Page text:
What is a Shallot?


You must have heard of shallots a couple of time already without knowing what it is exactly.  It is almost always present in dishes just like garlic is.

But what is it really?  Is it just another word for onion or is it altogether different?

Some people, Australians particularly, call green onions shallots.  But the thing is shallot is considered only a member of the onion family but is not an onion.

Although both shallots and onions can bring tears to your eyes, shallots are generally smaller than onions, cooks faster and do not have storage life as long as that of its relative.

Instead, it looks more similar to garlic in appearance because it is sectioned into cloves inside.  However, it only has about two to three segments a piece.

Shallots are often used in French cooking and come in different colors – purple, rose, white, gray, copper, yellow, gold and pink-hued flesh.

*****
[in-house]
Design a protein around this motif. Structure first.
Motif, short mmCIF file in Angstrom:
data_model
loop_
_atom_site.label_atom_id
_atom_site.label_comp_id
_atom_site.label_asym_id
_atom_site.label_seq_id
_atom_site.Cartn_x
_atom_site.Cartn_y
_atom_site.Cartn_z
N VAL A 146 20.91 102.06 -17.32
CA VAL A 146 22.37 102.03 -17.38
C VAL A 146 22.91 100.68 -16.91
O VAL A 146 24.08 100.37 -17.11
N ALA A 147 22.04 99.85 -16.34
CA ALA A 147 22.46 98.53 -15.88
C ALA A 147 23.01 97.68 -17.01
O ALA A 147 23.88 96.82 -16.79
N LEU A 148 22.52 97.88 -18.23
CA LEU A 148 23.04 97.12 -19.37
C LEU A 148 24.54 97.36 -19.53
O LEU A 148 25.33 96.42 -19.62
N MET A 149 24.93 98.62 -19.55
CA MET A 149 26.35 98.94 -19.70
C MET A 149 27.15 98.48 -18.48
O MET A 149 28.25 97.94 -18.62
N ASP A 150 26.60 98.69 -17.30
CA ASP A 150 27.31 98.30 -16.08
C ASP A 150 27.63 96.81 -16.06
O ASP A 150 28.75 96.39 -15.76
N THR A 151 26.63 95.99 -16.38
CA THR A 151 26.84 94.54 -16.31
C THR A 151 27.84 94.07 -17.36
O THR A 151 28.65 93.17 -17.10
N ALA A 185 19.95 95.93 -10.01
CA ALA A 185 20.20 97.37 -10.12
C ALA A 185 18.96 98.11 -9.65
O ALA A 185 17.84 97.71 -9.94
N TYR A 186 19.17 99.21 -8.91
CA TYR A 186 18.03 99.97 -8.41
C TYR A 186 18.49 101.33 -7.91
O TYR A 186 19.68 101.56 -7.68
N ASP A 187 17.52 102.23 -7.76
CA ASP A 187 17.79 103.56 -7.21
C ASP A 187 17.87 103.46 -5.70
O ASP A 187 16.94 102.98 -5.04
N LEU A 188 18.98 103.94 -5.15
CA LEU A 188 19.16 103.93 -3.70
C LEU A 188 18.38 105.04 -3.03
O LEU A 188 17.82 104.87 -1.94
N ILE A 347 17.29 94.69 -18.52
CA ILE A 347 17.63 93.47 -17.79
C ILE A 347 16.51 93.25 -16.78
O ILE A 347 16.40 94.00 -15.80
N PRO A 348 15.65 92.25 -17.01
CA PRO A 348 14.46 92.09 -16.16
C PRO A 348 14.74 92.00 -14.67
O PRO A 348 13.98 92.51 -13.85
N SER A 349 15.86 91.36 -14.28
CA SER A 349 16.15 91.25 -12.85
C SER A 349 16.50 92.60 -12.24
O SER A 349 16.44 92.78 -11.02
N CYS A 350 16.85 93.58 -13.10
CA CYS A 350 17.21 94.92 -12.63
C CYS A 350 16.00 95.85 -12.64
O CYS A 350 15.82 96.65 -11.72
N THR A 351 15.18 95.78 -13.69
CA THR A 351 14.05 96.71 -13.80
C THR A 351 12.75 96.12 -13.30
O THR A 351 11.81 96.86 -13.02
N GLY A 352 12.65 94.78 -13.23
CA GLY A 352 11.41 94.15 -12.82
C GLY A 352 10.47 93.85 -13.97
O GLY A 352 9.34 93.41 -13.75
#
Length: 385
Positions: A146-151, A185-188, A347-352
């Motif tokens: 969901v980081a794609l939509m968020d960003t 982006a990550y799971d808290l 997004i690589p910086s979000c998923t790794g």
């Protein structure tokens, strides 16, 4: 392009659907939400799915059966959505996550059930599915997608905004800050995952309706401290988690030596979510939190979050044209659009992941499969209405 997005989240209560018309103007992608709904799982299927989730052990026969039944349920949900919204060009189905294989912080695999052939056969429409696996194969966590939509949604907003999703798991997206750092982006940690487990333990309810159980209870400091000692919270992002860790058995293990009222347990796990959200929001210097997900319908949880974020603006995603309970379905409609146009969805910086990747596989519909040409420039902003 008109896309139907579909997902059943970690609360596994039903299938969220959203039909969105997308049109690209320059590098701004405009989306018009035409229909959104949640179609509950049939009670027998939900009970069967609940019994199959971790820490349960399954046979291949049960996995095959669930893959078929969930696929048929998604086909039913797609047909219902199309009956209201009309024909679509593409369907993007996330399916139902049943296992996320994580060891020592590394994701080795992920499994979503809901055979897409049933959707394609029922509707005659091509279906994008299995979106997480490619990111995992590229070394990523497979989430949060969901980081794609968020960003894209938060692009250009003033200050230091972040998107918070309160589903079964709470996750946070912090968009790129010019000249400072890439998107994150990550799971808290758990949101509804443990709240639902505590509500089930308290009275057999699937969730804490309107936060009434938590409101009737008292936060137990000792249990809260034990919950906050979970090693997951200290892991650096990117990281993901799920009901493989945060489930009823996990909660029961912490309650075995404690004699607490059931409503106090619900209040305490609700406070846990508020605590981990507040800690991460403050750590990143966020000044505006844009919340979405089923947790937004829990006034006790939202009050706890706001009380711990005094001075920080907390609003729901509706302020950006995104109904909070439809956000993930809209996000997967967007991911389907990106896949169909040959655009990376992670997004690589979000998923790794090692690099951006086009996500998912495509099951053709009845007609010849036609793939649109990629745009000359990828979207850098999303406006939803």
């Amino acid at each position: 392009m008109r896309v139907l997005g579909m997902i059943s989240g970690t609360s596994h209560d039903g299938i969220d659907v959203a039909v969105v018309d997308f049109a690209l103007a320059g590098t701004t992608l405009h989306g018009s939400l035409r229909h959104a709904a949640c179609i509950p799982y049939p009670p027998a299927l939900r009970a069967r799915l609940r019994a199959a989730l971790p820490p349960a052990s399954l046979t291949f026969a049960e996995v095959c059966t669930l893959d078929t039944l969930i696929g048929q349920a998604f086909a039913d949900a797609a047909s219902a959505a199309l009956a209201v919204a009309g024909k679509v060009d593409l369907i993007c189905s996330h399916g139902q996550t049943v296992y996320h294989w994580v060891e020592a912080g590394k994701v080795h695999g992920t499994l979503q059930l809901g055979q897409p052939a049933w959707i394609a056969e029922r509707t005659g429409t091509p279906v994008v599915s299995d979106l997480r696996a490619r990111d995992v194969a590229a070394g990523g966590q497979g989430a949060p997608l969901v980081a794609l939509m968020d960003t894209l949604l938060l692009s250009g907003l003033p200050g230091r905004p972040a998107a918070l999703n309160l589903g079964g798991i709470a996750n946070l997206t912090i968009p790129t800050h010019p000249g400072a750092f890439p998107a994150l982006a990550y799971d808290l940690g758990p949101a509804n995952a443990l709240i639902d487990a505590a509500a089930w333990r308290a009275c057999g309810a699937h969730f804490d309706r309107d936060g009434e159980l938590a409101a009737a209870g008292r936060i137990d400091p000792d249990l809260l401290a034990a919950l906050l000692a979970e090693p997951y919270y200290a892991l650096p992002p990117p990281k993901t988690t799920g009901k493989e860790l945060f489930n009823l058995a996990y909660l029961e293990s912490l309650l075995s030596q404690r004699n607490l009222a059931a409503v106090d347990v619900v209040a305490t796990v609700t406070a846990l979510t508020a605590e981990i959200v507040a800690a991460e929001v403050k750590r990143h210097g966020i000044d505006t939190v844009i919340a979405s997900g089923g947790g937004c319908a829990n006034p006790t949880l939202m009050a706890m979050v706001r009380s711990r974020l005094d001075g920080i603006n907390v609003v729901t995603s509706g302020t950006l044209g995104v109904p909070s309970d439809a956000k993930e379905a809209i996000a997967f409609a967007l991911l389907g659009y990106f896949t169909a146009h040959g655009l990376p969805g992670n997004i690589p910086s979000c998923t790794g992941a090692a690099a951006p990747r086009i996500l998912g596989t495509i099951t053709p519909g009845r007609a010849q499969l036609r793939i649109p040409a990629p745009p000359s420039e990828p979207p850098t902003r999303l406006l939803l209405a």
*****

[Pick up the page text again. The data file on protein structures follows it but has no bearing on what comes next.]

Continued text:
The gray cultivar is what is often used in France and in other countries such as Thailand and Vietnam but is seldom found in North America.   Other varieties like the red-copper and purple shallots are common in Belgium and the Netherlands.

Shallots also have a milder taste compared to onions and can be eaten raw.  They can also be pickled; its leaves used the way we do spring onions.

Some varieties of shallots include Altlantic, Grise de Bagnolet, Hative de Niort, Pikant, Topper and Golden Gourmet.